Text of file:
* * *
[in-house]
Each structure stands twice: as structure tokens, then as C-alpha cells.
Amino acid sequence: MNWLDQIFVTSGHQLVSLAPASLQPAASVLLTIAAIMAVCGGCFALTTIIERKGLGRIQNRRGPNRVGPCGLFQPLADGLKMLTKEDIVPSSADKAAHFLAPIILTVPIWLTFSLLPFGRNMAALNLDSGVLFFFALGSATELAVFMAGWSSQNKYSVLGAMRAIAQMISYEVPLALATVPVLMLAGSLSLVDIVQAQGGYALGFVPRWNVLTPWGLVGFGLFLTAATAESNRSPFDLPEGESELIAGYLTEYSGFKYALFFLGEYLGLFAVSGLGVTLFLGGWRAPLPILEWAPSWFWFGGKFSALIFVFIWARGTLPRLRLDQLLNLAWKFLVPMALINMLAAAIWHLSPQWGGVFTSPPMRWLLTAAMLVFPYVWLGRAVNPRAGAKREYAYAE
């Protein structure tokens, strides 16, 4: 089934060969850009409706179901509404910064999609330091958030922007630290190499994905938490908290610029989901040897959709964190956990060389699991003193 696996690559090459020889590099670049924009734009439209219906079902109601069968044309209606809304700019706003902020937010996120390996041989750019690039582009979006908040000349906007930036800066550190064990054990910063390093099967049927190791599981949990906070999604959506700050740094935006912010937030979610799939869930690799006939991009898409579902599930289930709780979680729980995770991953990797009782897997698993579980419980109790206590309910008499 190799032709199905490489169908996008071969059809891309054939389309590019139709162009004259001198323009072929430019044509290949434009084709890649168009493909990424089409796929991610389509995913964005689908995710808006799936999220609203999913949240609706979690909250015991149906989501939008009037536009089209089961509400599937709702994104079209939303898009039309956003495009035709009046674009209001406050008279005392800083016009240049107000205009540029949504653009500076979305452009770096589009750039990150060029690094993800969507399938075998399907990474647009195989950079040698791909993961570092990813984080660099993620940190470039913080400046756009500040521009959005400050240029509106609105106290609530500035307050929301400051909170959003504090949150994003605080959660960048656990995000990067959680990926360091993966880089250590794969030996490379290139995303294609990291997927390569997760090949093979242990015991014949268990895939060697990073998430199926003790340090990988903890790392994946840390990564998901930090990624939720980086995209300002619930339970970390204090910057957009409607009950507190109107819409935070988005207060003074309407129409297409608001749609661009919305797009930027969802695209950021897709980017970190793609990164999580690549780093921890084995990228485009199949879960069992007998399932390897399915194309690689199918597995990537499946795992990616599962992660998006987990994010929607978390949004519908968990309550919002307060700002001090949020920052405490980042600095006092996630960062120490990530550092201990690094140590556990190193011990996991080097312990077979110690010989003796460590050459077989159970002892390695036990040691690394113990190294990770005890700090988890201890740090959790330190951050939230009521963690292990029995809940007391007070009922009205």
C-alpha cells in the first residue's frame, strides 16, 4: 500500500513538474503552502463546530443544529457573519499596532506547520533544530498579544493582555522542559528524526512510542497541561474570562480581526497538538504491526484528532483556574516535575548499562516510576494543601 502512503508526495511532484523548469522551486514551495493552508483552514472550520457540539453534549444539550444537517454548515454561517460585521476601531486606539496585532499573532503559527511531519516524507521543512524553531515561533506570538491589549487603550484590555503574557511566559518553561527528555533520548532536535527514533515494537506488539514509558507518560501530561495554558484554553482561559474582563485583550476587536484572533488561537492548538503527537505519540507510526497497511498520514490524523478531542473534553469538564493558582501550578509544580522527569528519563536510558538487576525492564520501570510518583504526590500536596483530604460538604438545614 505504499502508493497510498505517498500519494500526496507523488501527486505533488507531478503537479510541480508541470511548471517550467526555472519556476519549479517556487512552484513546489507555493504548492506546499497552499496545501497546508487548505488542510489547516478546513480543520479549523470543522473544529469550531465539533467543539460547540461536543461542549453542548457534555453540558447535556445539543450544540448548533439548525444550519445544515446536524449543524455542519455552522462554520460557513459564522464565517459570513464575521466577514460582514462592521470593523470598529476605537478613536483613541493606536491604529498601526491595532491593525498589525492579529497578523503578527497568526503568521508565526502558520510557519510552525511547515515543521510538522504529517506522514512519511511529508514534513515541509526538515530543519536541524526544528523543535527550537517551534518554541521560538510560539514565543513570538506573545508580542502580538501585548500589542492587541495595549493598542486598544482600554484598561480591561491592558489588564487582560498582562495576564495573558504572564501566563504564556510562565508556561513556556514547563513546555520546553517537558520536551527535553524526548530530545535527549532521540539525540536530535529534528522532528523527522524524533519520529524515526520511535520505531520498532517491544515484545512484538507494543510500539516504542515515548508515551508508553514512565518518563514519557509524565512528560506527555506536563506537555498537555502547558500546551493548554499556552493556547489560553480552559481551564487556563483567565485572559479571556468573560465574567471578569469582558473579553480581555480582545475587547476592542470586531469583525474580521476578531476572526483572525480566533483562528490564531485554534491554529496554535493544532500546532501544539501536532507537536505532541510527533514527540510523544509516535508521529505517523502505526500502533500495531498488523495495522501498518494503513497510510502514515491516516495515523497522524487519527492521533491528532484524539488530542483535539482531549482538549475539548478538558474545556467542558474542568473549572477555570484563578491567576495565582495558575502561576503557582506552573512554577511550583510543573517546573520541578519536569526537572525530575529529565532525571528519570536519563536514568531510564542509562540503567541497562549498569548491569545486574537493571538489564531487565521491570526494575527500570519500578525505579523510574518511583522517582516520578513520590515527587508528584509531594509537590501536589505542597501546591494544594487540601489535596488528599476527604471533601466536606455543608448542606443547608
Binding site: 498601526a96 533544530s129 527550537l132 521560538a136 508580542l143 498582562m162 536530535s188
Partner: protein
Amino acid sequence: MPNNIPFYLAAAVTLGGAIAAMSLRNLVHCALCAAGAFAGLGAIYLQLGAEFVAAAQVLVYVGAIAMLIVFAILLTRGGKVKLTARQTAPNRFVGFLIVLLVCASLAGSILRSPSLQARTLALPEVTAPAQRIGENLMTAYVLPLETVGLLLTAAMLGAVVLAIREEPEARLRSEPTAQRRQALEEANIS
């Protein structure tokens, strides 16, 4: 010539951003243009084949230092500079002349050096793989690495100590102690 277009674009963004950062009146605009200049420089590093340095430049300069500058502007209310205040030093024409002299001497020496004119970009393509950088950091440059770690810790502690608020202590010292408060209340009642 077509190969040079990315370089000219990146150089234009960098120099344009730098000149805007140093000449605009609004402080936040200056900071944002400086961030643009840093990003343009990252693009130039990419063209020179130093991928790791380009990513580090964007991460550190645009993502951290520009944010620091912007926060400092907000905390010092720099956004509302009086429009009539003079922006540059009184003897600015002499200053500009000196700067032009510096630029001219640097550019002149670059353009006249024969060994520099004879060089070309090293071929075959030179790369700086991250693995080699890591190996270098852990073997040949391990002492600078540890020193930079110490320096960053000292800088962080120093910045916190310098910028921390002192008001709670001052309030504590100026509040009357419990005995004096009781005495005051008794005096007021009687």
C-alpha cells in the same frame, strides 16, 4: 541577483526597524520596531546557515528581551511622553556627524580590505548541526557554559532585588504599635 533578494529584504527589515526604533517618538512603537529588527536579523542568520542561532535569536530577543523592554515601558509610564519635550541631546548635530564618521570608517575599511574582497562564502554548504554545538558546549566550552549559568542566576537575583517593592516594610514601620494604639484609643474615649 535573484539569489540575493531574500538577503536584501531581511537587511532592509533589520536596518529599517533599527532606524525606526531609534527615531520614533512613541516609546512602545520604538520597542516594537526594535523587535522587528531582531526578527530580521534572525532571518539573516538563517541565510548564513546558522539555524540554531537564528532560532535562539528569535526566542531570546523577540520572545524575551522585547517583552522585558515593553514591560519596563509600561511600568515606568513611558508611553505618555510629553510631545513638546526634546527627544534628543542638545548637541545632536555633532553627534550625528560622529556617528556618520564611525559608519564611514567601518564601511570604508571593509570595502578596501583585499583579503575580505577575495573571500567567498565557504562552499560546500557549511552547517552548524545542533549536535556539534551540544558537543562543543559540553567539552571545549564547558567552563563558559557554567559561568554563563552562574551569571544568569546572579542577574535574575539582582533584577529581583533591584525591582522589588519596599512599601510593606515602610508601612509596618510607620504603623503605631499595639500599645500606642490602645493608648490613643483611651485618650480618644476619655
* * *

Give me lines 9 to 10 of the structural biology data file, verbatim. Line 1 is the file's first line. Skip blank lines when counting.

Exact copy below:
């Protein structure tokens, strides 16, 4: 010539951003243009084949230092500079002349050096793989690495100590102690 277009674009963004950062009146605009200049420089590093340095430049300069500058502007209310205040030093024409002299001497020496004119970009393509950088950091440059770690810790502690608020202590010292408060209340009642 077509190969040079990315370089000219990146150089234009960098120099344009730098000149805007140093000449605009609004402080936040200056900071944002400086961030643009840093990003343009990252693009130039990419063209020179130093991928790791380009990513580090964007991460550190645009993502951290520009944010620091912007926060400092907000905390010092720099956004509302009086429009009539003079922006540059009184003897600015002499200053500009000196700067032009510096630029001219640097550019002149670059353009006249024969060994520099004879060089070309090293071929075959030179790369700086991250693995080699890591190996270098852990073997040949391990002492600078540890020193930079110490320096960053000292800088962080120093910045916190310098910028921390002192008001709670001052309030504590100026509040009357419990005995004096009781005495005051008794005096007021009687």
C-alpha cells in the same frame, strides 16, 4: 541577483526597524520596531546557515528581551511622553556627524580590505548541526557554559532585588504599635 533578494529584504527589515526604533517618538512603537529588527536579523542568520542561532535569536530577543523592554515601558509610564519635550541631546548635530564618521570608517575599511574582497562564502554548504554545538558546549566550552549559568542566576537575583517593592516594610514601620494604639484609643474615649 535573484539569489540575493531574500538577503536584501531581511537587511532592509533589520536596518529599517533599527532606524525606526531609534527615531520614533512613541516609546512602545520604538520597542516594537526594535523587535522587528531582531526578527530580521534572525532571518539573516538563517541565510548564513546558522539555524540554531537564528532560532535562539528569535526566542531570546523577540520572545524575551522585547517583552522585558515593553514591560519596563509600561511600568515606568513611558508611553505618555510629553510631545513638546526634546527627544534628543542638545548637541545632536555633532553627534550625528560622529556617528556618520564611525559608519564611514567601518564601511570604508571593509570595502578596501583585499583579503575580505577575495573571500567567498565557504562552499560546500557549511552547517552548524545542533549536535556539534551540544558537543562543543559540553567539552571545549564547558567552563563558559557554567559561568554563563552562574551569571544568569546572579542577574535574575539582582533584577529581583533591584525591582522589588519596599512599601510593606515602610508601612509596618510607620504603623503605631499595639500599645500606642490602645493608648490613643483611651485618650480618644476619655